Senate Energy Efficiency Bill, We Hardly Knew Ye

Incumbent U.S. Sen. Jeanne Shaheen, D-N.H., celebrates after winning her election over Republican Scott Brown on Tuesday, Oct
Incumbent U.S. Sen. Jeanne Shaheen, D-N.H., celebrates after winning her election over Republican Scott Brown on Tuesday, Oct. 4, 2014 in Manchester, N.H. Wednesday, Nov. 5, 2014. (AP Photo/Cheryl Senter)

WASHINGTON -- A bipartisan pair of senators is making a last-ditch effort to pass a scaled-back version of their energy efficiency bill before the end of this Congress. But it doesn't look like it's going to happen.

Sens. Jeanne Shaheen (D-N.H.) and Rob Portman (R-Ohio) have been trying to pass their energy efficiency legislation since they first introduced it in 2011. They reintroduced it in 2013 and it passed in the Energy and Natural Resources Committee in May of that year with bipartisan support. But then it got bogged down repeatedly in Senate fights over unrelated measures like the Keystone XL pipeline and Obamacare.

Last week, Shaheen and Portman introduced a pared-down bill. The new version mirrors a bipartisan energy efficiency bill that passed in the House in March, from Reps. Peter Welch (D-Vt.) and David McKinley (R-W.Va.) that creates a voluntary system for rating the energy efficiency of commercial buildings. The proposal is much like the government's Energy Star program for consumer products, and the lawmakers call it "Tenant Star."

But Democratic aides on the Hill say that Sen. David Vitter (R-La.) has said he won't allow for a unanimous consent agreement for the bill, because he wants a vote on an Obamacare-related measure. Vitter's office did not respond to a request for comment.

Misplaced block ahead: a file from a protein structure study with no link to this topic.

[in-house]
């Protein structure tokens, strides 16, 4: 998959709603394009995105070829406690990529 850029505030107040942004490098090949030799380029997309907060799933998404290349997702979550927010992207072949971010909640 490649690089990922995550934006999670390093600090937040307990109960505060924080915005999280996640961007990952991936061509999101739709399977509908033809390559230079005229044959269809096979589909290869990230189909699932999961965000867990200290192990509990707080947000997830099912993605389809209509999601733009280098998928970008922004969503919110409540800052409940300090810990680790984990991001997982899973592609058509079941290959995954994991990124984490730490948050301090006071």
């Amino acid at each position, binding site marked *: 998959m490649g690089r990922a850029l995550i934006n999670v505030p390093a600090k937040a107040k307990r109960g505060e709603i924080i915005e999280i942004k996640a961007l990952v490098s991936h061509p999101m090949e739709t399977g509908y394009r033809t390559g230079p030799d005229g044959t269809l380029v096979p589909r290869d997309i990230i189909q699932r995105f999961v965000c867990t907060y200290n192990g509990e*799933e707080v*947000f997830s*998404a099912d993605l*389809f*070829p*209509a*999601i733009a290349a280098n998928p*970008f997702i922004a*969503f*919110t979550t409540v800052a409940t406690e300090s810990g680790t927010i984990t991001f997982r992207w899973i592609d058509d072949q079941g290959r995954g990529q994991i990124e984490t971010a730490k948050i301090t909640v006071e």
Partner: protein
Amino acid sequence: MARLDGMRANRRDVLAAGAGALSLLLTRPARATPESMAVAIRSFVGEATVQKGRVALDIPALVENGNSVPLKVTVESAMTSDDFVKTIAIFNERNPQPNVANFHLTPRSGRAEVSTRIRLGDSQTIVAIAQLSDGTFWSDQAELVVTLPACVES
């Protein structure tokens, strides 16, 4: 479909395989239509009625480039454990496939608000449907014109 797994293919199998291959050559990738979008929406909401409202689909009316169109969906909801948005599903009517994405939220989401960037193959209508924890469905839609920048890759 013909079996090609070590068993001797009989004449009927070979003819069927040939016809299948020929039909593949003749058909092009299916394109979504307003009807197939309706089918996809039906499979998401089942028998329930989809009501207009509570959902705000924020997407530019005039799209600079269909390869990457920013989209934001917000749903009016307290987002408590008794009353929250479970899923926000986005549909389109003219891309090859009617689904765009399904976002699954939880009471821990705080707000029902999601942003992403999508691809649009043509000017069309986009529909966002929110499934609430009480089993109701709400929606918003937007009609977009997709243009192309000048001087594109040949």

House co-sponsor Welch described the bill in an interview with The Huffington Post as a "a modest, but constructive step," and a rare bright spot of bipartisanship in the House. "In this contentious Congress, finding common ground on energy efficiency has a lot of promise and potential," said Welch.

There's a fairly strong consensus in the Senate, too, that if the bill did finally come up for a vote, it would pass easily.

“The House passed this bill with 375 bipartisan votes because it’s a smart, non-controversial bill that will save taxpayers money and reduce pollution," said Shripal Shah, a spokesman for Shaheen. "Senator Shaheen is hoping people can put partisanship aside to get this legislation through the Senate and to the president for his signature.”

The Alliance to Save Energy, which advocates for efficiency policies, estimates that the bill would lead to approximately $640 million in annual energy savings by 2030. Passing the bill, said Alliance President Kateri Callahan in a statement, "would end 2014 on a high note and set the stage for increased action on energy efficiency in the New Year."

Portman has said he thinks there's a "good chance" that Republican leadership will bring the bill up for a vote next year.

CORRECTION: This article has been edited to note that Shaheen represents New Hampshire, not Vermont.



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